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SG Court blocks illegal streaming sites as sought by networks BBC, Discovery, TVB and others

SG Court blocks illegal streaming sites as sought by networks BBC, Discovery, TVB and others

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Singapore High Court has ordered Singapore’s internet service providers to block access to seventeen domains associated with popular piracy streaming sites and forty one domains associated with popular illicit streaming device (ISD) applications, as sought by BBC Studios, Discovery, The Premier League, La Liga and TVB.

This order comes as apps flagrantly infringe copyright by acting as gateways to websites or content servers streaming pirated content, preload onillicit streaming device, and sell them in retail outlets such as Sim Lim Square and on popular electronic markets. The piracy streaming websites and illicit streaming device ecosystem impacts all businesses involved in the production and distribution of legitimate content, as they allow consumers to access unauthorised premium TV channels, live sports channels and movies for the one-off price of the ISD and often a yearly subscription to access the content, as stated by the press release.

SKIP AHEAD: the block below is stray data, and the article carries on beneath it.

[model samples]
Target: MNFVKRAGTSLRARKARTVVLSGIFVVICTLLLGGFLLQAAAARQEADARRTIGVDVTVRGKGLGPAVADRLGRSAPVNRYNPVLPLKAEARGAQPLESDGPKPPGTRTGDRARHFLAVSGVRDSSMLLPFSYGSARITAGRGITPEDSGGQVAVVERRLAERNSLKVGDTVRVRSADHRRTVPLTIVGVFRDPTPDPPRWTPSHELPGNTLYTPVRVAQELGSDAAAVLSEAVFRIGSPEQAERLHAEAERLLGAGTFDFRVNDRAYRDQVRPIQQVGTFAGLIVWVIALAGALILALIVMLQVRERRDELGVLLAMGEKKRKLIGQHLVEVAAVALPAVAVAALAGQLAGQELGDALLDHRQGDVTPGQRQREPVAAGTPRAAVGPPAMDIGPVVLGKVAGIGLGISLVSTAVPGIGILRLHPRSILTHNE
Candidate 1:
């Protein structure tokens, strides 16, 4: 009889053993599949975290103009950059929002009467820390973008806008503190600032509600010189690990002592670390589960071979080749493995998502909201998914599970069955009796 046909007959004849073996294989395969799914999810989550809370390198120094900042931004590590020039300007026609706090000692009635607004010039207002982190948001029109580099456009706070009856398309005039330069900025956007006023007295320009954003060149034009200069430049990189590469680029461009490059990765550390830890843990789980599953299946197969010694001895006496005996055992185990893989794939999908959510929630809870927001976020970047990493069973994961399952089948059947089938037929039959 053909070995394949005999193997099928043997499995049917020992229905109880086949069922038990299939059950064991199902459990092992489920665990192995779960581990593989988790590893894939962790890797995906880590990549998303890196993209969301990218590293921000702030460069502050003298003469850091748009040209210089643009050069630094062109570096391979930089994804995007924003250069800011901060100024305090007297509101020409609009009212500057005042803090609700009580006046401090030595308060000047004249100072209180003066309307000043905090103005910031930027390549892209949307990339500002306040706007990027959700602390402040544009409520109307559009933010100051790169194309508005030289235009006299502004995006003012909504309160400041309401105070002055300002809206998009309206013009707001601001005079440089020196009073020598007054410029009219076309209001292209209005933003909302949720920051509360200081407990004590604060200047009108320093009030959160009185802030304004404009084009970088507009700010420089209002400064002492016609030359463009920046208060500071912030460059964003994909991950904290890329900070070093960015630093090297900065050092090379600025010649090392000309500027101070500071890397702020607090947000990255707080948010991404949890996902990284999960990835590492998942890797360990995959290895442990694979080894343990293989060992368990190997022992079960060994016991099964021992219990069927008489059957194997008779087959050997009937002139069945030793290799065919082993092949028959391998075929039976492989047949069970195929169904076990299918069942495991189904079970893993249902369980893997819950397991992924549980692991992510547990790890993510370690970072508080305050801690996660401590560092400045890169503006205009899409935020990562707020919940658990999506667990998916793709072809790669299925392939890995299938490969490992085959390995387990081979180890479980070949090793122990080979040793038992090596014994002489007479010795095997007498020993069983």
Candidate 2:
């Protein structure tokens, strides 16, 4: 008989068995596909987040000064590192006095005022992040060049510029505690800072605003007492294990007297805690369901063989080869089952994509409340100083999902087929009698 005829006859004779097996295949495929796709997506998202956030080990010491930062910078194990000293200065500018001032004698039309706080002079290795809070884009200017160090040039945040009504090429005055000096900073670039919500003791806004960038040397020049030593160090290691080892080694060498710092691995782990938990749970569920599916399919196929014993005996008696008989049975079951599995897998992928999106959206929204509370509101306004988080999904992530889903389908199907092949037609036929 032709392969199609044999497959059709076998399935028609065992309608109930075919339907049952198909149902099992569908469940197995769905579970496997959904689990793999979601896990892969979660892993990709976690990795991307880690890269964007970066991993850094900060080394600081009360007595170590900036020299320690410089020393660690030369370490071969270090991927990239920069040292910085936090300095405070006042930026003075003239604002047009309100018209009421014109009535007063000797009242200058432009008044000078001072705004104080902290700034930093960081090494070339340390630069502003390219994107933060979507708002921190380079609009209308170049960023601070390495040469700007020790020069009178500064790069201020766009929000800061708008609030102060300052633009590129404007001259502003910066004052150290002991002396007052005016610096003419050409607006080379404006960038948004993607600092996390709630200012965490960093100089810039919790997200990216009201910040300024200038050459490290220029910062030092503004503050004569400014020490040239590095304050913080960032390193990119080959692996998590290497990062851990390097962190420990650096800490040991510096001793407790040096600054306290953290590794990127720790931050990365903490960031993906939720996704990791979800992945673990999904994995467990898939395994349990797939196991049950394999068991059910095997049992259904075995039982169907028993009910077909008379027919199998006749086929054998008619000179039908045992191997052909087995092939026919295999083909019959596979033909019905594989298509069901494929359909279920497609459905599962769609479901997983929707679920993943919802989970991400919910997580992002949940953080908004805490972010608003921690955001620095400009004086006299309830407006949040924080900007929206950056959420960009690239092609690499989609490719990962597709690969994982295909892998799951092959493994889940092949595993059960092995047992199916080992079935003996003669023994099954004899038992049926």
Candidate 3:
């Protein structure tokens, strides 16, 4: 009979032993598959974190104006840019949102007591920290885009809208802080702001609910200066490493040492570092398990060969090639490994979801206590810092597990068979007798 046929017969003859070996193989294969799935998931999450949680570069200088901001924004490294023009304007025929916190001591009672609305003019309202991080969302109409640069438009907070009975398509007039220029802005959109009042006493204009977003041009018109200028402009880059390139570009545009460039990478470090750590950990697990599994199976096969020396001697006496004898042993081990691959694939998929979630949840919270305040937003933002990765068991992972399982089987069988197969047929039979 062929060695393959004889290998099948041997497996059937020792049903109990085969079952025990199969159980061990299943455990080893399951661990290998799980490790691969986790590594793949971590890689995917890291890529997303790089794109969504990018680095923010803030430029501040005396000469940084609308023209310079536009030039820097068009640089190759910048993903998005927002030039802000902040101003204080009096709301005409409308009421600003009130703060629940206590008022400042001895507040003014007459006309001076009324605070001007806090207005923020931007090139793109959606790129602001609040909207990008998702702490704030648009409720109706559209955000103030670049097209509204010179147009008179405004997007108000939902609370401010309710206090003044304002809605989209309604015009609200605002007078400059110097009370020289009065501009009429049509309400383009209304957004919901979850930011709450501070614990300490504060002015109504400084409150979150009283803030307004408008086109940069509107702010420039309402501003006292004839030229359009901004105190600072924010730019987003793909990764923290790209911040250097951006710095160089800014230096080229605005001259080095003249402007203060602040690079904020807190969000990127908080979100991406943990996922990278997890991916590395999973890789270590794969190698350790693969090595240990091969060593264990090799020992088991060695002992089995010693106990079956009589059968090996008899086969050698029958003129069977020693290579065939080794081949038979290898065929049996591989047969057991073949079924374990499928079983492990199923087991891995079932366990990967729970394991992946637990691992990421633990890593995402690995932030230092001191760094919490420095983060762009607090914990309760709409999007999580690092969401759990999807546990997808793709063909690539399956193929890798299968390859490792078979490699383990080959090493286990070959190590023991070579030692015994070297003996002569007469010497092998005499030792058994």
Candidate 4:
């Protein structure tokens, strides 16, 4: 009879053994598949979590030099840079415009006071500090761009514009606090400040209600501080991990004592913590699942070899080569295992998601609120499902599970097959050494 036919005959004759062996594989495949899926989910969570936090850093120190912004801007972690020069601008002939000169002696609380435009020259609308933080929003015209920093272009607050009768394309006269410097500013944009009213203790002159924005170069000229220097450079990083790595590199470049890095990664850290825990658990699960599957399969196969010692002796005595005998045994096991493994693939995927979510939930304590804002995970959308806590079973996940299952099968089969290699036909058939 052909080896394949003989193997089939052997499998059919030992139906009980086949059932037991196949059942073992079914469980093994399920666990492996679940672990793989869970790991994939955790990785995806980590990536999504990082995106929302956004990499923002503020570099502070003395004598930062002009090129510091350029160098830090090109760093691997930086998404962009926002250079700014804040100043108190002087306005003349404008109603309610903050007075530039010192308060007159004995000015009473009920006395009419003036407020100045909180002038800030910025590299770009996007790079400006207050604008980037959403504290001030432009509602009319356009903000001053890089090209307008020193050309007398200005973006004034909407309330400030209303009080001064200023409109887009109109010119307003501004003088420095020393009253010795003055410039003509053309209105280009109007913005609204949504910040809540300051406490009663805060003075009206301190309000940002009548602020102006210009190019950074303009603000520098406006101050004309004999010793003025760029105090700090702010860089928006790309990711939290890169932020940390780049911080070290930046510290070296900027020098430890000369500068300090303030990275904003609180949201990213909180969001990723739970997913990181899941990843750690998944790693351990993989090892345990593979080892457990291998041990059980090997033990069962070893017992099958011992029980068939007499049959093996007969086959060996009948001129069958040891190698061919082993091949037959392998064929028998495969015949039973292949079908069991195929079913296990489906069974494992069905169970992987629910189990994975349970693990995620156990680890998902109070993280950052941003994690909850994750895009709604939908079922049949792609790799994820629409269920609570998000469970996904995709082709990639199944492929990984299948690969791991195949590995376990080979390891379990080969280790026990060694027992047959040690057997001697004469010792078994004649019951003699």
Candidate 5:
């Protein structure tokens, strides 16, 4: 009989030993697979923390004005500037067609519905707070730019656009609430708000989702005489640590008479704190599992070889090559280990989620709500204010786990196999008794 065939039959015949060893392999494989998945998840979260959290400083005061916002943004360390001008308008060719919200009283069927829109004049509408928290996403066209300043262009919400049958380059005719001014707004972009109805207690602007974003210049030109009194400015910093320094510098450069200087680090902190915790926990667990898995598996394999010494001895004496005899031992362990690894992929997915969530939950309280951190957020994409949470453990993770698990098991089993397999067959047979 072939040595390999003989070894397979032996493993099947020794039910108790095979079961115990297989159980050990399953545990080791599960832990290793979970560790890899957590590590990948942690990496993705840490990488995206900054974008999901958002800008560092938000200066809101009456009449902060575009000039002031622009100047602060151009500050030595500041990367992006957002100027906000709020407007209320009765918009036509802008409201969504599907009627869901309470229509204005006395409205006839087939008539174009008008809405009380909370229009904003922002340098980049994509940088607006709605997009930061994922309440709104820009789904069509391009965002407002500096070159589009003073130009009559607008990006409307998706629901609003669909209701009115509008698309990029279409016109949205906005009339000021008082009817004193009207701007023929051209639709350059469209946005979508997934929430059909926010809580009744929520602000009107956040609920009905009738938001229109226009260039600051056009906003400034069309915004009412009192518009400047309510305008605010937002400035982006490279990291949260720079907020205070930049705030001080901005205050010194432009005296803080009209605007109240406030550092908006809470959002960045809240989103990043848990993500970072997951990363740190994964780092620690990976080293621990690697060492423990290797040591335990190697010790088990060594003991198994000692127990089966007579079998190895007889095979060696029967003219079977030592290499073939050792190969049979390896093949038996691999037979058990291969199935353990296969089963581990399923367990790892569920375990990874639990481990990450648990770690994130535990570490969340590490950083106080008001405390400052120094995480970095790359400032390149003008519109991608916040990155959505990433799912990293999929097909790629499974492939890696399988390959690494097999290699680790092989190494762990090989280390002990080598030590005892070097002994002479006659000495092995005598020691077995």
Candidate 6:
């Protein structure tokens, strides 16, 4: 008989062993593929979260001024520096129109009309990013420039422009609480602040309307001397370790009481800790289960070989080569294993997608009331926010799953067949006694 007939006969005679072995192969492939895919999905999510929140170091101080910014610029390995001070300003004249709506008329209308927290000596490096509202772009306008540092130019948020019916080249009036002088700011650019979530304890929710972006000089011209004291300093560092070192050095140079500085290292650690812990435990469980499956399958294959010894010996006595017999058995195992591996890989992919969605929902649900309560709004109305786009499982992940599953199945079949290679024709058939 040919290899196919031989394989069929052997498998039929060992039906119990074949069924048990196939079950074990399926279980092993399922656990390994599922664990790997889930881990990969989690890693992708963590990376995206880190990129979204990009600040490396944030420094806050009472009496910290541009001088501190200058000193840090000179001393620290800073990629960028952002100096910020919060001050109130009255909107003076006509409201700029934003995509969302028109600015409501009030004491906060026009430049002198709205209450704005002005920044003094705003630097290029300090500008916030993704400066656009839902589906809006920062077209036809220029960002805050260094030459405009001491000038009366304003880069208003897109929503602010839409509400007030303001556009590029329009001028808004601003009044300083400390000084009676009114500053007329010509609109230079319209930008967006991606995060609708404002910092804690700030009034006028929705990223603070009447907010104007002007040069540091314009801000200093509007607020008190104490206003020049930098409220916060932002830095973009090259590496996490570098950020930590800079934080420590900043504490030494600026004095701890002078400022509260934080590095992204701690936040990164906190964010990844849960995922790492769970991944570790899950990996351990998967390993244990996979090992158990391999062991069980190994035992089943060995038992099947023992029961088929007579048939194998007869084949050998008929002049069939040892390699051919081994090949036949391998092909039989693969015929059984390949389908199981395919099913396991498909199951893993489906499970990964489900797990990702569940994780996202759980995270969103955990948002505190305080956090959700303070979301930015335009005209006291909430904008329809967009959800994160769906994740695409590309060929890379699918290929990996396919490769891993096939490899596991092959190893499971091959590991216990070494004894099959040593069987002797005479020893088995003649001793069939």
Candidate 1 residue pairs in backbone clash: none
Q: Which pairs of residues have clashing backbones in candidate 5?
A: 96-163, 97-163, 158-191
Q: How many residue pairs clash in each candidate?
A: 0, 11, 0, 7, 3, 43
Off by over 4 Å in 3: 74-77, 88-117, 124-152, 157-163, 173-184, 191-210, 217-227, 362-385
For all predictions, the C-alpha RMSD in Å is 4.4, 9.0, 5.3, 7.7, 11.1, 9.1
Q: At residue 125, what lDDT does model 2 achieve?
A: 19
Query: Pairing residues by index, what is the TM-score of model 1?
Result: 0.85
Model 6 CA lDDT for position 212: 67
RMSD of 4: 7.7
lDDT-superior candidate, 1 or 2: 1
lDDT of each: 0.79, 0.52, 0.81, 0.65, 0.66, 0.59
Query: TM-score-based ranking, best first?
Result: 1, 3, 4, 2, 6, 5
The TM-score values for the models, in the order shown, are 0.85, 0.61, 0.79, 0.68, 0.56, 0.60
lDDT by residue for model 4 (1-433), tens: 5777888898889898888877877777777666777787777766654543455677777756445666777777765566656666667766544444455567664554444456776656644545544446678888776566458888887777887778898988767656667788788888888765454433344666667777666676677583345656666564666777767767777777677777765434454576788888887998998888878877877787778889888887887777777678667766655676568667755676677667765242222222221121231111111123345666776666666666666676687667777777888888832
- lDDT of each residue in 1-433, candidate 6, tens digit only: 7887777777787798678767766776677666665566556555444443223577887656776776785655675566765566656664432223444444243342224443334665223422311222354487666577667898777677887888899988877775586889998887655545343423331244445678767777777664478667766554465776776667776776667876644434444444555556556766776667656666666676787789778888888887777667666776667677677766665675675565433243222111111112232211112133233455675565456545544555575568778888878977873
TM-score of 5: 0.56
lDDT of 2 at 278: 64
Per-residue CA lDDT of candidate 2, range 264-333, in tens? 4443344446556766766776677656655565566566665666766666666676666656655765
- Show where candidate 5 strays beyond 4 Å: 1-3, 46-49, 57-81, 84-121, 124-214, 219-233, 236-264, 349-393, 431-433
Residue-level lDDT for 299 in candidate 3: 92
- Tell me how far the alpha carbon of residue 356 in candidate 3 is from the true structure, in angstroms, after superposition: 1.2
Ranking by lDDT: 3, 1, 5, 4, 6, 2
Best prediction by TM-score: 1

Additionally, a new study on the online content viewing behaviour in Singapore, commissioned by the Coalition Against Piracy (CAP) of Asia Video Industry Association (AVIA) and conducted by YouGov, found that 17% of Singapore consumers and nearly a third (32%) of 18 to 24-year-olds accessed streaming piracy websites or torrent sites. It was also found that 10% of consumers used an ISD to stream pirated content.

However, despite the unhealthy appetite for accessing piracy services, the YouGov survey also found that an overwhelming majority (86%) of those surveyed recognised that online piracy had negative consequences. Other results showed 53% of online consumers were of the view that online piracy increased the risk of malware infections on computers and devices, 52% recognised that crime groups financially benefited from the stolen content, and 42% were concerned that piracy puts the livelihood of those who worked in the creative industry at risk.

Neil Gane, the general manager of AVIA’s Coalition Against Piracy (CAP) said the content industry would make every effort to “prevent and disrupt the illegal feeds of live sports, TV channels and VOD content” which were being monetised by crime syndicates. He added that consumers who bought ISDs or accessed piracy streaming sites were not only funding crime groups, but also wasting their time and money when the channels and websites stopped working. “Piracy services do not come with a ‘service guarantee’, no matter what the ISD seller or website operators may claim,” Gane explained.

Related articles:
Pirated TV boxes: The new threat faced by the Philippine subscription video industry
Philippine creative industries put spotlight on illegal streaming in WIPD 2018

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